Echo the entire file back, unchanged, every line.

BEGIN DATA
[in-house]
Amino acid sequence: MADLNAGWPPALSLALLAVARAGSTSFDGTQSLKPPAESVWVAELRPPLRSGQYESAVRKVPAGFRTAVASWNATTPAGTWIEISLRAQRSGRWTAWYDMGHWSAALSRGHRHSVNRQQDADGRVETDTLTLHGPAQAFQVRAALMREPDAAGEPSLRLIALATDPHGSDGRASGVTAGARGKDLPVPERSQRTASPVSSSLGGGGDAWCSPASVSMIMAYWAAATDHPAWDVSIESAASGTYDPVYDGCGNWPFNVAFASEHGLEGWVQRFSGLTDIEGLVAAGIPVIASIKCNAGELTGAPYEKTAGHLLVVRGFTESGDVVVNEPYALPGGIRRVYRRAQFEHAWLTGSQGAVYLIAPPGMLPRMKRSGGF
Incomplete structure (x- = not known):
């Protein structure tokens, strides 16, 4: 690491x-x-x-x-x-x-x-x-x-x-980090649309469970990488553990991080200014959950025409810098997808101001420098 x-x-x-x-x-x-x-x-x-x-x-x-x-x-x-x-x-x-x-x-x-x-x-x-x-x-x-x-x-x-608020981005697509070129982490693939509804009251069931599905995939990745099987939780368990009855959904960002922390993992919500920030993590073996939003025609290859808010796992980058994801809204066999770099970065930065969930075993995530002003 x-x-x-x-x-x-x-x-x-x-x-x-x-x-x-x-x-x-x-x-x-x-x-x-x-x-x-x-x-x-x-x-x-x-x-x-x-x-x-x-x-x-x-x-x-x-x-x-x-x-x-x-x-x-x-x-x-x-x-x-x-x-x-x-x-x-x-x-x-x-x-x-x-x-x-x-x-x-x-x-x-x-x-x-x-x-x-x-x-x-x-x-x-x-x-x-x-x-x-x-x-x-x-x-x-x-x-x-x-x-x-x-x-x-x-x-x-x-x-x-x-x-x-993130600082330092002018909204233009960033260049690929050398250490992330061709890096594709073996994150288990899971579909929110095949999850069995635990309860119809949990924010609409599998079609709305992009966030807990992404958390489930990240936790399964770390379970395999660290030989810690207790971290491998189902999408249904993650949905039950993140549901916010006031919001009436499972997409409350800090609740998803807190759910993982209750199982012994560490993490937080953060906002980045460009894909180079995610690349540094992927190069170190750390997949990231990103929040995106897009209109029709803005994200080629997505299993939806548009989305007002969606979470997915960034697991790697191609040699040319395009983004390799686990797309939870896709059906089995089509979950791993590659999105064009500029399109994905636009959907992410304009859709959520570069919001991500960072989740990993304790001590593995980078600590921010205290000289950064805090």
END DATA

[in-house]
Amino acid sequence: MADLNAGWPPALSLALLAVARAGSTSFDGTQSLKPPAESVWVAELRPPLRSGQYESAVRKVPAGFRTAVASWNATTPAGTWIEISLRAQRSGRWTAWYDMGHWSAALSRGHRHSVNRQQDADGRVETDTLTLHGPAQAFQVRAALMREPDAAGEPSLRLIALATDPHGSDGRASGVTAGARGKDLPVPERSQRTASPVSSSLGGGGDAWCSPASVSMIMAYWAAATDHPAWDVSIESAASGTYDPVYDGCGNWPFNVAFASEHGLEGWVQRFSGLTDIEGLVAAGIPVIASIKCNAGELTGAPYEKTAGHLLVVRGFTESGDVVVNEPYALPGGIRRVYRRAQFEHAWLTGSQGAVYLIAPPGMLPRMKRSGGF
Incomplete structure (x- = not known):
């Protein structure tokens, strides 16, 4: 690491x-x-x-x-x-x-x-x-x-x-980090649309469970990488553990991080200014959950025409810098997808101001420098 x-x-x-x-x-x-x-x-x-x-x-x-x-x-x-x-x-x-x-x-x-x-x-x-x-x-x-x-x-x-608020981005697509070129982490693939509804009251069931599905995939990745099987939780368990009855959904960002922390993992919500920030993590073996939003025609290859808010796992980058994801809204066999770099970065930065969930075993995530002003 x-x-x-x-x-x-x-x-x-x-x-x-x-x-x-x-x-x-x-x-x-x-x-x-x-x-x-x-x-x-x-x-x-x-x-x-x-x-x-x-x-x-x-x-x-x-x-x-x-x-x-x-x-x-x-x-x-x-x-x-x-x-x-x-x-x-x-x-x-x-x-x-x-x-x-x-x-x-x-x-x-x-x-x-x-x-x-x-x-x-x-x-x-x-x-x-x-x-x-x-x-x-x-x-x-x-x-x-x-x-x-x-x-x-x-x-x-x-x-x-x-x-x-993130600082330092002018909204233009960033260049690929050398250490992330061709890096594709073996994150288990899971579909929110095949999850069995635990309860119809949990924010609409599998079609709305992009966030807990992404958390489930990240936790399964770390379970395999660290030989810690207790971290491998189902999408249904993650949905039950993140549901916010006031919001009436499972997409409350800090609740998803807190759910993982209750199982012994560490993490937080953060906002980045460009894909180079995610690349540094992927190069170190750390997949990231990103929040995106897009209109029709803005994200080629997505299993939806548009989305007002969606979470997915960034697991790697191609040699040319395009983004390799686990797309939870896709059906089995089509979950791993590659999105064009500029399109994905636009959907992410304009859709959520570069919001991500960072989740990993304790001590593995980078600590921010205290000289950064805090």